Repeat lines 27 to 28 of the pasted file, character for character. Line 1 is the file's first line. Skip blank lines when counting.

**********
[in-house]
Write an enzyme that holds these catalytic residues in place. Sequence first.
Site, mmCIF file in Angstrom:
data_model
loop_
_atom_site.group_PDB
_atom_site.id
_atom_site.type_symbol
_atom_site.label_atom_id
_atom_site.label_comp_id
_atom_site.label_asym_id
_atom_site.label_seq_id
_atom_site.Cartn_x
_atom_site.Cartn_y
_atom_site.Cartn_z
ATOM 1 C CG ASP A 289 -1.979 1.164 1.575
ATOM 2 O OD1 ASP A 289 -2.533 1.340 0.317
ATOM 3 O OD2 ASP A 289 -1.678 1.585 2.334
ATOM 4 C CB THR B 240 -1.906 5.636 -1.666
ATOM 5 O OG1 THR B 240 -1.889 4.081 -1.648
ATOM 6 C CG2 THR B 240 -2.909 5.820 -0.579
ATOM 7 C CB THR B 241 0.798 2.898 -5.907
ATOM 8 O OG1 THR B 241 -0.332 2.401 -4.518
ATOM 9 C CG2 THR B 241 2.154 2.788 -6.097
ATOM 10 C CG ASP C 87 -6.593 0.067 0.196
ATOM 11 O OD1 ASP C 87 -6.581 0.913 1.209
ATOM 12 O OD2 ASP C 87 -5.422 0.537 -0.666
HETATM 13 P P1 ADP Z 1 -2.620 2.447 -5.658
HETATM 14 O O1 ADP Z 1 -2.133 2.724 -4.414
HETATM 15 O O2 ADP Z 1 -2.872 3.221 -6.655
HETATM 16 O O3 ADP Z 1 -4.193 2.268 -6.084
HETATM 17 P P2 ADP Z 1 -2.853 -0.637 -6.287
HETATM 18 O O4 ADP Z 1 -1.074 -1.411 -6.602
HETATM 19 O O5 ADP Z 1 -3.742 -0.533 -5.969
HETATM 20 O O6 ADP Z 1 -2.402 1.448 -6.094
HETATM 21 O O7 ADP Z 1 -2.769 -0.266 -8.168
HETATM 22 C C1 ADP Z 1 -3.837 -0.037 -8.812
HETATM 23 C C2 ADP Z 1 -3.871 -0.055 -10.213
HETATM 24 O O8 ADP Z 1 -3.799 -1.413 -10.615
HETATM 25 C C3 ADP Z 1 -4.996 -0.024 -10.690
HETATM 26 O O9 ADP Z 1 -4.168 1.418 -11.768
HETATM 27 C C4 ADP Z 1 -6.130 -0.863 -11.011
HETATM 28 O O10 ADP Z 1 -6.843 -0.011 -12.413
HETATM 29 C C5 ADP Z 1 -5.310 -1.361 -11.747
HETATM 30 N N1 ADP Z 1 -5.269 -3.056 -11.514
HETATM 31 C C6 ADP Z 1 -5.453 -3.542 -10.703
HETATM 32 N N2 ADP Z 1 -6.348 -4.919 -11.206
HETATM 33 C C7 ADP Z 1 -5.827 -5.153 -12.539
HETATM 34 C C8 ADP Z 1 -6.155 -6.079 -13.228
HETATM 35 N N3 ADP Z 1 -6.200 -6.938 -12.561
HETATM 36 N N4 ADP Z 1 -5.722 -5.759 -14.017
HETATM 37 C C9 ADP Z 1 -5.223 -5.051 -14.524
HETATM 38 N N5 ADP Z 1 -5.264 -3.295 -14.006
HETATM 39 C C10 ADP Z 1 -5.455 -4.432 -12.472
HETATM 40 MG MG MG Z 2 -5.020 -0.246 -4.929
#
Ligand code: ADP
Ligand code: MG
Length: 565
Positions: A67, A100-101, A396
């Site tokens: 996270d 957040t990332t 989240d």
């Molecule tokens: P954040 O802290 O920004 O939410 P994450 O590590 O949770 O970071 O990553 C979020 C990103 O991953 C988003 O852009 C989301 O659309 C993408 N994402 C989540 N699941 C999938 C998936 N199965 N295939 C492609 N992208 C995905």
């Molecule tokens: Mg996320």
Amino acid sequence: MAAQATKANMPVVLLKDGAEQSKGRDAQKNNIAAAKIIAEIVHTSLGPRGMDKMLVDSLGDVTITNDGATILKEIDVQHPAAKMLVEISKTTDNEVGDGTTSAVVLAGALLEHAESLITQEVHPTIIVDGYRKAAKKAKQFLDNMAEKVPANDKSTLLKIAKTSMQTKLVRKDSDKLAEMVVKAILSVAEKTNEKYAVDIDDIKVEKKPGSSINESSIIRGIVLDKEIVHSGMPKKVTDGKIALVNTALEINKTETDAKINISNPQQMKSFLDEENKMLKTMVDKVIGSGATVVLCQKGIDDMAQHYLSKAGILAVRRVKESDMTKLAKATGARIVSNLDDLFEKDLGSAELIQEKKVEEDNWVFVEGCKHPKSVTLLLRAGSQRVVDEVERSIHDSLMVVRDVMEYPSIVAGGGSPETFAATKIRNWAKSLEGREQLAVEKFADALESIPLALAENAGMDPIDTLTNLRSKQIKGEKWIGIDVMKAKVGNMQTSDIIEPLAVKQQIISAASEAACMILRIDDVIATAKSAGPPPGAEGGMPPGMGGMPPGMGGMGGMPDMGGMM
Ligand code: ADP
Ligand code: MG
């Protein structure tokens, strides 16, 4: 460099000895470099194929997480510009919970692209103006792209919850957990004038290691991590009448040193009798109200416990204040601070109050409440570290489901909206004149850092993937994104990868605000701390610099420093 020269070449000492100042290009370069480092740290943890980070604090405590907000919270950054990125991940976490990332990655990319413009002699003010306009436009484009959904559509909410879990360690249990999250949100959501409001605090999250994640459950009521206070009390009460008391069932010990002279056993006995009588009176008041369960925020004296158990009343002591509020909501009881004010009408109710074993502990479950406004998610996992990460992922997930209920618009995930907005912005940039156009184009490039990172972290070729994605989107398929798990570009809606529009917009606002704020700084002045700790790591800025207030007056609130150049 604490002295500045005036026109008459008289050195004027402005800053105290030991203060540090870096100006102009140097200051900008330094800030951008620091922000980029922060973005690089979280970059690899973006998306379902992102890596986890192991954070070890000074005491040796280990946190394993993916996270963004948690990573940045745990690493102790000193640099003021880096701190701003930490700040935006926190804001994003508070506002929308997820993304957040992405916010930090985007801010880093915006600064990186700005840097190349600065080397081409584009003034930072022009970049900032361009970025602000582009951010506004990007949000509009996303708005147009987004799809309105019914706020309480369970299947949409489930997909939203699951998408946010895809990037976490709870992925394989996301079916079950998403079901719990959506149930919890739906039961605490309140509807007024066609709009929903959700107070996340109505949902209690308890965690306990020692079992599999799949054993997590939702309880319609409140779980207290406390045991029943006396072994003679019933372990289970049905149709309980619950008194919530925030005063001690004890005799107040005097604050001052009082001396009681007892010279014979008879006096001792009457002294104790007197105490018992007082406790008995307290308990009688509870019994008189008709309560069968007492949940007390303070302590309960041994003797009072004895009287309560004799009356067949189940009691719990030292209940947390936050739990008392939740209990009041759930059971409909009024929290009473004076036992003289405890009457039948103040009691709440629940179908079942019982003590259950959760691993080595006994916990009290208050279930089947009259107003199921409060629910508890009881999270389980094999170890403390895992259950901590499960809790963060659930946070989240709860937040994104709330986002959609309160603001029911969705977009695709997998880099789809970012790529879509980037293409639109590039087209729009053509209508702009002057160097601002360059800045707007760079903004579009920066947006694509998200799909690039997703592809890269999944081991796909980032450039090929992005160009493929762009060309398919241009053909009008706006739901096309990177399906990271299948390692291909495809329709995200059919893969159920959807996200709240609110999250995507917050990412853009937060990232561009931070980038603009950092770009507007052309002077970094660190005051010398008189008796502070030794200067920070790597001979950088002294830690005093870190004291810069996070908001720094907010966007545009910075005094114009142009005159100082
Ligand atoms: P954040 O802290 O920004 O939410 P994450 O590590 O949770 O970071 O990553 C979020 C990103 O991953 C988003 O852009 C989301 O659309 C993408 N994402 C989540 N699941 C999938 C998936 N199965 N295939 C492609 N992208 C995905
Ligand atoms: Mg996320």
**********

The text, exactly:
ATOM 12 O OD2 ASP C 87 -5.422 0.537 -0.666
HETATM 13 P P1 ADP Z 1 -2.620 2.447 -5.658